A few weekends ago, I was elbow deep in Betty Jane's annual oil-change (a day-long extravaganza that usually entails, besides the oil deal, a total swap-out of coolant and filters) when I heard something strange and seemingly far off.
A bagpipe? Playing The Marine's Hymn?
On the wall of my office, right above my desk where I have to look at it every day, hangs a large black-and-white photograph of a ship. It lends a nautical ambience to what would otherwise be a cold and sterile space. But this isn’t a photo of just any ship. It’s of the RMS Titanic, as she’s leaving Southampton, England, on her maiden voyage, almost exactly 100 years ago.
The picture has been with me for a long time and adorned many offices because it has been a constant reminder of two rules that have been important to me, not only in magazine publishing but in life: Expect the unexpected, and you’re never as smart as you think you are.
Fairline Names New CEO
Fairline Boats has appointed Alistair Schofield as chief executive officer. The marine-industry veteran has worked extensively in business development and technical operations. “We are delighted to bring a CEO of Alistair’s caliber to the business and are confident that with his exceptional experience he will take Fairline through its next stage of development,” said Nick Sanders, chairman of Fairline.
Marquis Yachts Partners with Chinese Company
Marquis Yachts, LLC, announced that it has formed a joint venture with Poly Technology Company of China for the sales and distribution rights for Marquis Yachts throughout China. The joint venture, called the Poly Marquis Yacht Company Ltd., will open a sales and service center at Serenity Marina and Yacht Club in Sanya, China, where it will maintain an inventory of Marquis Yachts. Irwin Jacobs, chairman of Marquis parent company J&D Acquisitions, LLC said, “It is anticipated that over the next few years, China’s recreational yachting and boating market is emerging to become one of the largest recreational yachting markets in the world.” State-owned Poly Technology also holds distribution rights to luxury brands such as Mercedes Benz and Ferrari.
Ghosts of Red Hook
On a snowy Sunday afternoon in late January I found myself perusing the New York Times obituaries in a desperate attempt to avoid shoveling my driveway.
I normally have no interest in news of the recently departed but one entry caught my eye: “Pilar Montero, 90, Bar Owner and Link to a Seafaring Past.” And with good reason, for three decades earlier I had met Mrs. Montero when I visited Montero’s Bar and Grill, which is in the Red Hook section of Brooklyn and has been since 1945.
Would you like to own several thousand pieces of the most famous shipwreck in history? Then you better take out a new line of credit.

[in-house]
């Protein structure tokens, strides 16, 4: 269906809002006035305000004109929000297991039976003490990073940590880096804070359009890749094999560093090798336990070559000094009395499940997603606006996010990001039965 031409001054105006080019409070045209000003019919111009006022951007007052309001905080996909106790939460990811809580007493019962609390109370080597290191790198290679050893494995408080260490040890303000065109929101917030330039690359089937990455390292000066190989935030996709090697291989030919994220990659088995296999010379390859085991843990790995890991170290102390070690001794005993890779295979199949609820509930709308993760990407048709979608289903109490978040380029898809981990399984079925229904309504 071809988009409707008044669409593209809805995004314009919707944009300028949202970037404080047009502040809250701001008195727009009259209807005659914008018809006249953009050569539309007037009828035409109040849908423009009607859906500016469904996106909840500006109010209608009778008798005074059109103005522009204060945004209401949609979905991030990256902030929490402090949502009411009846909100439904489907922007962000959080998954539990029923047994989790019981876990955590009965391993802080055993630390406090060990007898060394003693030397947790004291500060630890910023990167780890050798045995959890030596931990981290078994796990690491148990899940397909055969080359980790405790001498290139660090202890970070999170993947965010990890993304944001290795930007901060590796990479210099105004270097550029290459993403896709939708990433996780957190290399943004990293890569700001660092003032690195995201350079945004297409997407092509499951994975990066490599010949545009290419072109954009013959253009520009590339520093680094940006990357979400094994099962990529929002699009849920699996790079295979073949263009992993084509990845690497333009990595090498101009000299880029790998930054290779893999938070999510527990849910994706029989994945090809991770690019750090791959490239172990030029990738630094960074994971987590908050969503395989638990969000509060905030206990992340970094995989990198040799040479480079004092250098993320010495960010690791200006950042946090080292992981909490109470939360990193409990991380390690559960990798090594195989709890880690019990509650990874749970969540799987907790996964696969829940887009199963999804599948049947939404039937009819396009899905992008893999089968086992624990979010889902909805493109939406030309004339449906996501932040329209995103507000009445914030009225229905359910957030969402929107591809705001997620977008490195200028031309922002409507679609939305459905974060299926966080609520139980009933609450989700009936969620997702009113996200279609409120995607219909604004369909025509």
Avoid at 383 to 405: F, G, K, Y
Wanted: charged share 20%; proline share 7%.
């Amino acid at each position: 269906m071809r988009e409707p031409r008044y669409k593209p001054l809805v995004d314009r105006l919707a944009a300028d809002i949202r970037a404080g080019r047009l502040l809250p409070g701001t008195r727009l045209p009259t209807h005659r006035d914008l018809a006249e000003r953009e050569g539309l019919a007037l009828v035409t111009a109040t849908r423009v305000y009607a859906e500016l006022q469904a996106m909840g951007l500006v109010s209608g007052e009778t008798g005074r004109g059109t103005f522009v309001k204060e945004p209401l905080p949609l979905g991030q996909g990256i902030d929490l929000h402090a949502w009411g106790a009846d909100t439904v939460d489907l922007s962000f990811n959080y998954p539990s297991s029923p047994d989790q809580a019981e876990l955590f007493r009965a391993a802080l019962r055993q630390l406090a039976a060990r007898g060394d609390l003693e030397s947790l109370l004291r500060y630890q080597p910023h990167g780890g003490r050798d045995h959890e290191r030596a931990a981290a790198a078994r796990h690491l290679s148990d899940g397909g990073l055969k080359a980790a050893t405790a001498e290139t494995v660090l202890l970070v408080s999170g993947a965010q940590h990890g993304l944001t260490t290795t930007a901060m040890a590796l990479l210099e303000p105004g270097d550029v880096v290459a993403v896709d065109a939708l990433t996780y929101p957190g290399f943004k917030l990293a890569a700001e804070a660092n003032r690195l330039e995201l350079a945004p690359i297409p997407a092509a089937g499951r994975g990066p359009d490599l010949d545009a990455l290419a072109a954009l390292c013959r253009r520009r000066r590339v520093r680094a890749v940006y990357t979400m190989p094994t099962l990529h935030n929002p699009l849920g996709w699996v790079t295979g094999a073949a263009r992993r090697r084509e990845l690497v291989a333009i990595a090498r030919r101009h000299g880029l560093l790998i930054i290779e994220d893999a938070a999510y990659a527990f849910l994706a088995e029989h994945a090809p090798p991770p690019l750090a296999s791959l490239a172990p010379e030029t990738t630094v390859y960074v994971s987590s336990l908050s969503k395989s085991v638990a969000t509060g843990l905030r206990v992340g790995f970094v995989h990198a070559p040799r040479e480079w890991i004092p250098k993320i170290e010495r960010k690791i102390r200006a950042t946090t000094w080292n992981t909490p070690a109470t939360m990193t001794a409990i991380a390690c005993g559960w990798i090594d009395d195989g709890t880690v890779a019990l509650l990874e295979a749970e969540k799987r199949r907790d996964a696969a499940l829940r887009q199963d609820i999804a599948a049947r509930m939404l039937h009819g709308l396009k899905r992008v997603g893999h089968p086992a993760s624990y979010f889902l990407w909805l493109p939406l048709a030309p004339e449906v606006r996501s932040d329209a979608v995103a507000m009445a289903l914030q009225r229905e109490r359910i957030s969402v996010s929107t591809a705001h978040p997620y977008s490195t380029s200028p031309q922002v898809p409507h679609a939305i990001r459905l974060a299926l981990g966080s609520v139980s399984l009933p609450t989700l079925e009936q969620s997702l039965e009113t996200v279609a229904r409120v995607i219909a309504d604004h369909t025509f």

More than 5,500 items salvaged from the wreck of the RMS Titanic are headed for the auction block. On April 11, exactly one century after the ill-fated ship embarked on its first and last voyage, Guernsey’s Auction House in New York will begin taking bids on an incredible collection of relics discovered and hauled up from the ocean floor.
The fish are out there. Or more accurately, down there, out of sight. And while sometimes it’s just nice to get out and chase them around, striving to improve your chances of hooking up makes your time, fuel, and gear investments look a little more worthwhile. That’s where Mitch Roffer, PhD, comes in. Roffer founded Roffer’s Ocean Fishing Forecasting Service (ROFFS) to help take a chunk of guesswork out of anglers’ offshore fishing experience. And if you’ve got sea-surface temperature charts on your MFD, or are thinking about getting them, you need to know what Roffer has to say.
Tuning in to tune out
No question boating deserves its own soundtrack, its own voice, its own listening experience. Many of us want audio that’s distinctive when we’re on the water even more than we do when we’re on shore. Whether it’s Jimmy Buffett or nautical talk radio, boating goes best with its own soundtrack.
Our writer’s television debut makes a big splash—literally.
A while ago I flew to the Côte d’Azur to test a new motoryacht—a big, fast machine with surface drives. It was very much a bateau du jour , and several of my regular magazine clients were interested. One of these was a glossy Italian publication run by charming people who paid quickly and didn’t even ask me to write in Italian. Trouble was, they also had a cable- TV channel, and their staff writers were expected to be presenters as well, ad-libbing their insights during boat tests while the camera rolled. They had frequently asked me if I would do this too, and I had tried to explain, in my clearest English, that with no experience in front of the camera I really wasn’t qualified for the task. Besides, I’ve watched camera crews: Everything takes hours. Thanks, but I’d stick with my notebook and pen.
There’s something to be said for grilling or eating fresh food aboard. But sometimes, thanks to a late arrival to an anchorage due to challenging conditions, or better yet, too-good-to-leave-on-time conditions at your last stop, it’s good to have an easy backup plan for a great meal—you know you can do better than hot dogs or a can of Dinty Moore. What better dish to have on hand than a frozen pot pie?